Northern Catalpa

Northern Catalpa - Catalpa speciosa
Bignonia Family (Bignoniaceae)

Northern catalpa has the showiest flowers of all the large trees native to Kentucky. However, it is more recognized for the long hanging pods that cling to the branches after the leaves fall. These pods give the tree its other common name, the cigar tree. It is native to western Kentucky, but has been planted throughout the state as an ornamental.  


Introduction: Northern catalpa is known for its beauty and utility. Catalpa's durable wood is often used for posts and railway ties. In the landscape, northern catalpa is very ornamental with large, attractive leaves, showy panicles of spring flowers, and decorative hanging pods in the winter.
Culture: Northern catalpa is a tough, adaptable tree that tolerates urbanization. It enjoys full sun or partial shade and moist, deep, fertile soil. Catalpa tolerates drought and can withstand a variety of soils and moisture levels, including poor, dry, wet or compacted soils. It will also tolerate alkaline sites. Potential problems of northern catalpa include powdery mildew, leaf spots, twig blight, mealybug infestation and Verticillium wilt. Northern catalpa drops its leaves throughout the summer as well as in the fall. It can be a messy tree when it drops its large leaves, twigs and pods. Because of its brittle wood, northerncatalpa tends to lose branches in storms.


Botanical Information
  • Native habitat: Southern Illinois and Indiana, south to western Tennessee and Arkansas.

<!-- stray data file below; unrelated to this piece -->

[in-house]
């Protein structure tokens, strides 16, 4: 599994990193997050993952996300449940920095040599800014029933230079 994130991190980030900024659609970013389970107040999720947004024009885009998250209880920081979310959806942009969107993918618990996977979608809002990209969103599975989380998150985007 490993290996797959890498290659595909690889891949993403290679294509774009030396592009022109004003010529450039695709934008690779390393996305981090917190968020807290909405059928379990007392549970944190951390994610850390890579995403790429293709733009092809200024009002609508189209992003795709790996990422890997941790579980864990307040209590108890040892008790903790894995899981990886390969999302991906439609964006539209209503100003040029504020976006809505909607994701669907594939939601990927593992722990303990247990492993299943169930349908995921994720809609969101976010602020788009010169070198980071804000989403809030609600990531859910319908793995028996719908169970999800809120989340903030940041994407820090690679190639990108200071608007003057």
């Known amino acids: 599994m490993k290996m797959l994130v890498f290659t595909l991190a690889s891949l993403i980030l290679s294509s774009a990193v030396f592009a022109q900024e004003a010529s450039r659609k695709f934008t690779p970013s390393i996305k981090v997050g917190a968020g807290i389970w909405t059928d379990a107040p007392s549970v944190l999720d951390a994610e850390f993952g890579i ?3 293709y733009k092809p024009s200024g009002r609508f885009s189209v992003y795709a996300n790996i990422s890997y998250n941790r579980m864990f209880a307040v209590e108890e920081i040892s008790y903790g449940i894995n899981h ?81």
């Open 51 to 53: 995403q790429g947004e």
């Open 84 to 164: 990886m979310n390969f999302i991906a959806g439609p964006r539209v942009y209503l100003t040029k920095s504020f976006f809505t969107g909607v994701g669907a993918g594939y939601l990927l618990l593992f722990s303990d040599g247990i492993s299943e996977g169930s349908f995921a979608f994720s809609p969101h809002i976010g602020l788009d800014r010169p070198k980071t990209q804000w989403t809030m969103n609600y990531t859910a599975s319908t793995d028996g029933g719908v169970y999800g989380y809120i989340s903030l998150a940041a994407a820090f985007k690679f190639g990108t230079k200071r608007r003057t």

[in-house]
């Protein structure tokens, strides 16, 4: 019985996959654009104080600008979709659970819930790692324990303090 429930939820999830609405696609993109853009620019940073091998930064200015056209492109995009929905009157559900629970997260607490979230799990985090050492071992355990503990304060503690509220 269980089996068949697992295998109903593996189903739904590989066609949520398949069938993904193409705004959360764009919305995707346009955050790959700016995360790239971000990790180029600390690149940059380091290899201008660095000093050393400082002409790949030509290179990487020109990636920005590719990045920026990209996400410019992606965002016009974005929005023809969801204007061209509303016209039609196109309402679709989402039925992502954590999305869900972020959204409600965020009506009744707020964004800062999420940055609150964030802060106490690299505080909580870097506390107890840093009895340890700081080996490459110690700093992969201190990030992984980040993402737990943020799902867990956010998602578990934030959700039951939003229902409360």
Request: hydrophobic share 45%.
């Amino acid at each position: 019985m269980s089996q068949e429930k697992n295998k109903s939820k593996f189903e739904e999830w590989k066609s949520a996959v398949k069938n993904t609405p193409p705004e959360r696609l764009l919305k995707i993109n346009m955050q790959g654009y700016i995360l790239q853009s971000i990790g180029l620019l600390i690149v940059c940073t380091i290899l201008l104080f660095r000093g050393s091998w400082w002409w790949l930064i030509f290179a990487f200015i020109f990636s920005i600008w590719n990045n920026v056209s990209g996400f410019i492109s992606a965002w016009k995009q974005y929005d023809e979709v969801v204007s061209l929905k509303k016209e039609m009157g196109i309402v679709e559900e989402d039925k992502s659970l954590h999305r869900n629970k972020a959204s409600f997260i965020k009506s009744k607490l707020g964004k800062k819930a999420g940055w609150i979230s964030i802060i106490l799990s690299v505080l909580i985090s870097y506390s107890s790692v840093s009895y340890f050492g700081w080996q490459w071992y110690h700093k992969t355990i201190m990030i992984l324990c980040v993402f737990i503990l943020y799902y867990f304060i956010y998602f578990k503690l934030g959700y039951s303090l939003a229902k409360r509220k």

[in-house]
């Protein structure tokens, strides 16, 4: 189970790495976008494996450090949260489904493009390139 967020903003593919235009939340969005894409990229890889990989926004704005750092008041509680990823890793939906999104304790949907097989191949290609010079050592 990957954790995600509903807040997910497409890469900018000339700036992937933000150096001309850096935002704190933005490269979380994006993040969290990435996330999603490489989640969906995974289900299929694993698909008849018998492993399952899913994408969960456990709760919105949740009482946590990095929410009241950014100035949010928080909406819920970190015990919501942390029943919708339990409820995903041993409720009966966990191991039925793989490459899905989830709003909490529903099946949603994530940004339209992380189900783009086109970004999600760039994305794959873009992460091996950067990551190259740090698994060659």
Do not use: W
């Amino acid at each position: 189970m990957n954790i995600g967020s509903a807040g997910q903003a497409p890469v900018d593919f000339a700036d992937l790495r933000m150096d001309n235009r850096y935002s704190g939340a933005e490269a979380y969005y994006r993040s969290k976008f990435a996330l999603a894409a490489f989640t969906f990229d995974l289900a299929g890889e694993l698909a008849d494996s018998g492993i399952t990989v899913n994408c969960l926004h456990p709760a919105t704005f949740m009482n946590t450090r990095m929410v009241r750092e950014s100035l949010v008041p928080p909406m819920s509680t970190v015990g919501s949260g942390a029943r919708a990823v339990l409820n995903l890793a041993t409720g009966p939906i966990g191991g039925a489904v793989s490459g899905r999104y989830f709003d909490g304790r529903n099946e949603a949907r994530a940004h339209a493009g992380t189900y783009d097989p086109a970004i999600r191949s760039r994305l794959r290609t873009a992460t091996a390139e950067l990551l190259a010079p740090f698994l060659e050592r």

• Growth habit: Northern catalpa has an irregular, oval crown.
  • Tree size: This catalpa is a vigorous grower, reaching 40 to 60 feet in height at maturity with a 20- to 40-foot spread.
  • Flower and fruit: Loose, upright panicles of fragrant, white, 2-inch, bell-shaped flowers with yellow and sometimes purple markings appear on branch tips in May and June. Stout, thick-walled, 8- to 20-inch pods contain fringed seeds and hang throughout winter.
  • Leaf: Heart-shaped leaves are 6 to 12 inches long and 3 to 8 inches across and are borne on long petioles. They are smooth and medium green above and very downy below.
  • Hardiness: Winter hardy to USDA Zone 4.


Additional information: Although northern catalpa does not offer remarkable fall color, its large leaves have a beautiful shape and color that are ornamental in the summer. Fragrant, showy panicles of white flowers have ornamental value in May and June. Very long, stout brown pods hang on the tree throughout winter. Northern catalpa also has an attractive winter form.

Catalpa is a North American Indian name. The white flowers are bell-shaped and have two lips (landing pads), with yellow bands directing pollinators to the nectaries.

Northern catalpa is more widely planted than the southern catalpa (Catalpa bignonioides). It is a larger and narrower tree than the southern catalpa and its pods are longer and stouter. It also has larger leaves and its flowers open about two weeks earlier than those of southern catalpa.

Northern catalpa has extremely durable wood that is rot- resistant. The wood is used for fence posts and railroad ties.

National champion trees are in Michigan (107 feet) and Washington (86 feet).


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